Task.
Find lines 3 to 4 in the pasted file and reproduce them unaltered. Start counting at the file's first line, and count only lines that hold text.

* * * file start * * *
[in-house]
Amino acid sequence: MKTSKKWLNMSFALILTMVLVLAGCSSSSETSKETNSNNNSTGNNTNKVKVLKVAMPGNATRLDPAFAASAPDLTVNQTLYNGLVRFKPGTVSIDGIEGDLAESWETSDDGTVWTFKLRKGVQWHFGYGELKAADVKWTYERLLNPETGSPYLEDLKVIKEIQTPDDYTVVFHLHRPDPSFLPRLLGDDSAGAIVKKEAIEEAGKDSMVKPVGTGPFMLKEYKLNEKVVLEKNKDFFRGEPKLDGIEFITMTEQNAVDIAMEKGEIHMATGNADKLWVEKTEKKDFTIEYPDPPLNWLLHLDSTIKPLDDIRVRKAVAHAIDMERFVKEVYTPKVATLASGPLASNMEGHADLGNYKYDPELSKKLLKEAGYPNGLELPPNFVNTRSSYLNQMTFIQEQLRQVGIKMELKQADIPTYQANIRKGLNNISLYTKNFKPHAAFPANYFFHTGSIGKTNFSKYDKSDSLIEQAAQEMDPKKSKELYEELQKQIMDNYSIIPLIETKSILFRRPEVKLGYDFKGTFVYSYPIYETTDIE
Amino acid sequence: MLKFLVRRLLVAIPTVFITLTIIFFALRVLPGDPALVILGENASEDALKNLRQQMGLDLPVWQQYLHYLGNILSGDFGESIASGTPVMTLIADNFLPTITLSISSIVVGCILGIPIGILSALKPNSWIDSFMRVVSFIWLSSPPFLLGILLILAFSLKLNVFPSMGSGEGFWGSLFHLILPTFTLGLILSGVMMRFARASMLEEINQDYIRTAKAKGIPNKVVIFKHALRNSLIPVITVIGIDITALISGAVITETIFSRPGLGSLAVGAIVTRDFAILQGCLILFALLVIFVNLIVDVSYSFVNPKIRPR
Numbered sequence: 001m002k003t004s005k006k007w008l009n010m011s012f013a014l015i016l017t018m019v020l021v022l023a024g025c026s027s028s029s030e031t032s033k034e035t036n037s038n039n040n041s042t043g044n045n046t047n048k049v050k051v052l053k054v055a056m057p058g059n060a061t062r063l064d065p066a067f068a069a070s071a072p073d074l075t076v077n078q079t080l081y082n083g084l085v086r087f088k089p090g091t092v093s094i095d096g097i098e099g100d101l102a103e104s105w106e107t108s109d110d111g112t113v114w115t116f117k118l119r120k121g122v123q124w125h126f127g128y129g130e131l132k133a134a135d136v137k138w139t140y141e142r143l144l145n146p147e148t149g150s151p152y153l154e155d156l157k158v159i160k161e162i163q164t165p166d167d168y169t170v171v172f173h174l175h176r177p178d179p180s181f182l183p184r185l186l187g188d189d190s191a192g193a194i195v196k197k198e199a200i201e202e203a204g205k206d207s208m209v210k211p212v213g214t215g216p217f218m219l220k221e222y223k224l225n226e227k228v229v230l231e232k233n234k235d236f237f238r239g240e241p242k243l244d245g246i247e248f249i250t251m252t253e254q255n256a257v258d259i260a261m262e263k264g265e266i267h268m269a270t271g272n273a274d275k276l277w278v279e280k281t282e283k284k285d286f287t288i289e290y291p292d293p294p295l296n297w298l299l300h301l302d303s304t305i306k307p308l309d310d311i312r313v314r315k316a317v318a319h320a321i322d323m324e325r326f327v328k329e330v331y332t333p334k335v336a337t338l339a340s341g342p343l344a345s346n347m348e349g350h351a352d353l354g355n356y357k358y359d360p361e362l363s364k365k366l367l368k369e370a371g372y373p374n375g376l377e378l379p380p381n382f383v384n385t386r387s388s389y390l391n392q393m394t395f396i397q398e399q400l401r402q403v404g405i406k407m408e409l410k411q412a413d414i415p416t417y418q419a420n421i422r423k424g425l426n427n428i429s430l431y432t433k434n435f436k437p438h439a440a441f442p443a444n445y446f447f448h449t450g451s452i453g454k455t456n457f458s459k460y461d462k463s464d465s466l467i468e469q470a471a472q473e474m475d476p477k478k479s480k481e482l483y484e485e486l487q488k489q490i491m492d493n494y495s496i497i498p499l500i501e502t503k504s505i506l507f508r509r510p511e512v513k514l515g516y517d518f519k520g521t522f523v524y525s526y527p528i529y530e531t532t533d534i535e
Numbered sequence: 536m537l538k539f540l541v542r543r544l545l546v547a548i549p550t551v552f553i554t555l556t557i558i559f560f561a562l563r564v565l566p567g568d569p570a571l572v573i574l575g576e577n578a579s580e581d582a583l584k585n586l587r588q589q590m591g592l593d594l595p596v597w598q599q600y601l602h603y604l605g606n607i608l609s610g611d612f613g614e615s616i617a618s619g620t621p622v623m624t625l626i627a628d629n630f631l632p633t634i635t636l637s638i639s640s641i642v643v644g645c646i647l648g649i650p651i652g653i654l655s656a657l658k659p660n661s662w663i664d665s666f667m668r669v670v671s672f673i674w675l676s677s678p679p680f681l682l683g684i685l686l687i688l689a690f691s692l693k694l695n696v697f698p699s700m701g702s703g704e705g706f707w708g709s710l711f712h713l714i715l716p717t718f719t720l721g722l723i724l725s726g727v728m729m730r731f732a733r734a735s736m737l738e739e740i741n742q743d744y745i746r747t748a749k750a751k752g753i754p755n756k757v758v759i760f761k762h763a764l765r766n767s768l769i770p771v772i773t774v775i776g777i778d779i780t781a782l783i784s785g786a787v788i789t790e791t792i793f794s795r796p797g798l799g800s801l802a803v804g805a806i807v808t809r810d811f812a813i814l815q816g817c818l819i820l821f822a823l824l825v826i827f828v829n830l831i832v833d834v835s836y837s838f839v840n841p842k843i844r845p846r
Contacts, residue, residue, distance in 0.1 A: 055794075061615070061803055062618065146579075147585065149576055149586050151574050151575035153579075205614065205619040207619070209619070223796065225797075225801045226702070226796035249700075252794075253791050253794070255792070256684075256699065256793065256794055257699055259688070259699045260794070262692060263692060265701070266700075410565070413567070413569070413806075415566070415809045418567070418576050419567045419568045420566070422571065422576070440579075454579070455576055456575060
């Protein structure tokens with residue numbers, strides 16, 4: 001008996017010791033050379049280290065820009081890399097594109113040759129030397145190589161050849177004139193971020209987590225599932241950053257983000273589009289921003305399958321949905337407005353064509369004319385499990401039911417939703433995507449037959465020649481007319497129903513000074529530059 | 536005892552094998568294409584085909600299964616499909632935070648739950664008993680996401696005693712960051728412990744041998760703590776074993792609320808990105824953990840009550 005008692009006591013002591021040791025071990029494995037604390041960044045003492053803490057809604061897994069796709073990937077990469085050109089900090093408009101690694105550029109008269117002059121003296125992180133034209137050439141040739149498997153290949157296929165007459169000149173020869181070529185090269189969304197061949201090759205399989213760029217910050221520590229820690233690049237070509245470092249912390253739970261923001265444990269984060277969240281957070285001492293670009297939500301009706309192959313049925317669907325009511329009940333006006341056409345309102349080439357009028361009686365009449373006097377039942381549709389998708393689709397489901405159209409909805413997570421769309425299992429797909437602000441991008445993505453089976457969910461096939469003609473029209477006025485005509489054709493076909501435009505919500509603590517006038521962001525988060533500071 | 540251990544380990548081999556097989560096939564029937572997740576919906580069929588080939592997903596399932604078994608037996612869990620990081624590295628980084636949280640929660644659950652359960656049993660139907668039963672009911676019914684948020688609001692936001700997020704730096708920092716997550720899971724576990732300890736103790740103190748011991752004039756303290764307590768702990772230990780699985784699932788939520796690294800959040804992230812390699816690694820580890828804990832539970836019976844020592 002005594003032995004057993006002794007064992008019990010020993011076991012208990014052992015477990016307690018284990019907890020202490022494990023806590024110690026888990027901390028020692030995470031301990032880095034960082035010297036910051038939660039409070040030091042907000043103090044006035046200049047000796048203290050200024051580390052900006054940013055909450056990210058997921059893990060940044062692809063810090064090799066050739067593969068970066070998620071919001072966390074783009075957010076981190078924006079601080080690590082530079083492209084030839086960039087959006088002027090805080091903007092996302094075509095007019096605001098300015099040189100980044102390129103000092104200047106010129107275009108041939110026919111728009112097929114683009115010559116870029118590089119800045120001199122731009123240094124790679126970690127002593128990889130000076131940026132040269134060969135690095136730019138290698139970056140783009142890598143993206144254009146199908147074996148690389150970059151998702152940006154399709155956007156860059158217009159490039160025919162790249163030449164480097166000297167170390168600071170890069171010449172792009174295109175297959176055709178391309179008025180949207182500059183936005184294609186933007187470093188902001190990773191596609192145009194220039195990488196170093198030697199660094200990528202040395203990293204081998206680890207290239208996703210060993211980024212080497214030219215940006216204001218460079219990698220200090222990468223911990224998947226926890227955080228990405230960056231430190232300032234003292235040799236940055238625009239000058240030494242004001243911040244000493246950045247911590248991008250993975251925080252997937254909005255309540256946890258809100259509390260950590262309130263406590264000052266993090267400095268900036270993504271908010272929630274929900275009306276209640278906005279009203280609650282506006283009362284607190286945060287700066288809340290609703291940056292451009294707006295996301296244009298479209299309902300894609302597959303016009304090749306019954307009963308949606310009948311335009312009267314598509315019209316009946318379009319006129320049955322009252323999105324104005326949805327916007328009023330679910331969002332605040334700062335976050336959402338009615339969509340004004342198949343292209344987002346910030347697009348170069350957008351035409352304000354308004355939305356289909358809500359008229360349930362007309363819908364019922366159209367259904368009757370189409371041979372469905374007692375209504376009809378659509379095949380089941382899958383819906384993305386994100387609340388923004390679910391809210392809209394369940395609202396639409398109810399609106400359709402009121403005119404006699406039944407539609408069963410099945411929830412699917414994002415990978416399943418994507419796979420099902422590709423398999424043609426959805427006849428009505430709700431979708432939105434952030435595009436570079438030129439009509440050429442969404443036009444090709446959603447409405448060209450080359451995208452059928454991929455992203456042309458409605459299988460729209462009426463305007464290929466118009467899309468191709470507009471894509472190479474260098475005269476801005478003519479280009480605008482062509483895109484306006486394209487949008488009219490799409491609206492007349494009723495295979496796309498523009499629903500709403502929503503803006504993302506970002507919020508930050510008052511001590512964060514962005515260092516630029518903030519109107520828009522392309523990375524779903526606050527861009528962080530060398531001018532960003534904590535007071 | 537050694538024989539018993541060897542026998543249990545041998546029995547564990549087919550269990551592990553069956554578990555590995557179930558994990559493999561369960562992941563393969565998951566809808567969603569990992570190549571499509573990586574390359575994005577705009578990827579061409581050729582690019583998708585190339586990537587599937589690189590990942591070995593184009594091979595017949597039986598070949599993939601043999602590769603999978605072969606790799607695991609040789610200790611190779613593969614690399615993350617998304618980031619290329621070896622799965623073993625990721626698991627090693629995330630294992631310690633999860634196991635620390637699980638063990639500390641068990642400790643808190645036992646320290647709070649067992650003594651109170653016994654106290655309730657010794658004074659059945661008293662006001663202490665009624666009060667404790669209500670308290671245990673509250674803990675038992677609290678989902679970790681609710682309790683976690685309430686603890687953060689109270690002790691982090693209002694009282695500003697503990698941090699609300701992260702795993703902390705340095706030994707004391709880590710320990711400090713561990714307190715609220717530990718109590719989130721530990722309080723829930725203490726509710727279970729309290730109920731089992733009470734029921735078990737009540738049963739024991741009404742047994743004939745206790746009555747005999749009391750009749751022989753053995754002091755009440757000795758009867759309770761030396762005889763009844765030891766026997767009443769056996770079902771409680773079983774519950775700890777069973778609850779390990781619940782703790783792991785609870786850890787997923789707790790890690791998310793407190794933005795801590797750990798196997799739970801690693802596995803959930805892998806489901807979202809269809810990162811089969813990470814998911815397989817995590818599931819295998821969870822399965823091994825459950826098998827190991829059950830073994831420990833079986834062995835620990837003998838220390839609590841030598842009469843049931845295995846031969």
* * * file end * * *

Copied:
Amino acid sequence: MLKFLVRRLLVAIPTVFITLTIIFFALRVLPGDPALVILGENASEDALKNLRQQMGLDLPVWQQYLHYLGNILSGDFGESIASGTPVMTLIADNFLPTITLSISSIVVGCILGIPIGILSALKPNSWIDSFMRVVSFIWLSSPPFLLGILLILAFSLKLNVFPSMGSGEGFWGSLFHLILPTFTLGLILSGVMMRFARASMLEEINQDYIRTAKAKGIPNKVVIFKHALRNSLIPVITVIGIDITALISGAVITETIFSRPGLGSLAVGAIVTRDFAILQGCLILFALLVIFVNLIVDVSYSFVNPKIRPR
Numbered sequence: 001m002k003t004s005k006k007w008l009n010m011s012f013a014l015i016l017t018m019v020l021v022l023a024g025c026s027s028s029s030e031t032s033k034e035t036n037s038n039n040n041s042t043g044n045n046t047n048k049v050k051v052l053k054v055a056m057p058g059n060a061t062r063l064d065p066a067f068a069a070s071a072p073d074l075t076v077n078q079t080l081y082n083g084l085v086r087f088k089p090g091t092v093s094i095d096g097i098e099g100d101l102a103e104s105w106e107t108s109d110d111g112t113v114w115t116f117k118l119r120k121g122v123q124w125h126f127g128y129g130e131l132k133a134a135d136v137k138w139t140y141e142r143l144l145n146p147e148t149g150s151p152y153l154e155d156l157k158v159i160k161e162i163q164t165p166d167d168y169t170v171v172f173h174l175h176r177p178d179p180s181f182l183p184r185l186l187g188d189d190s191a192g193a194i195v196k197k198e199a200i201e202e203a204g205k206d207s208m209v210k211p212v213g214t215g216p217f218m219l220k221e222y223k224l225n226e227k228v229v230l231e232k233n234k235d236f237f238r239g240e241p242k243l244d245g246i247e248f249i250t251m252t253e254q255n256a257v258d259i260a261m262e263k264g265e266i267h268m269a270t271g272n273a274d275k276l277w278v279e280k281t282e283k284k285d286f287t288i289e290y291p292d293p294p295l296n297w298l299l300h301l302d303s304t305i306k307p308l309d310d311i312r313v314r315k316a317v318a319h320a321i322d323m324e325r326f327v328k329e330v331y332t333p334k335v336a337t338l339a340s341g342p343l344a345s346n347m348e349g350h351a352d353l354g355n356y357k358y359d360p361e362l363s364k365k366l367l368k369e370a371g372y373p374n375g376l377e378l379p380p381n382f383v384n385t386r387s388s389y390l391n392q393m394t395f396i397q398e399q400l401r402q403v404g405i406k407m408e409l410k411q412a413d414i415p416t417y418q419a420n421i422r423k424g425l426n427n428i429s430l431y432t433k434n435f436k437p438h439a440a441f442p443a444n445y446f447f448h449t450g451s452i453g454k455t456n457f458s459k460y461d462k463s464d465s466l467i468e469q470a471a472q473e474m475d476p477k478k479s480k481e482l483y484e485e486l487q488k489q490i491m492d493n494y495s496i497i498p499l500i501e502t503k504s505i506l507f508r509r510p511e512v513k514l515g516y517d518f519k520g521t522f523v524y525s526y527p528i529y530e531t532t533d534i535e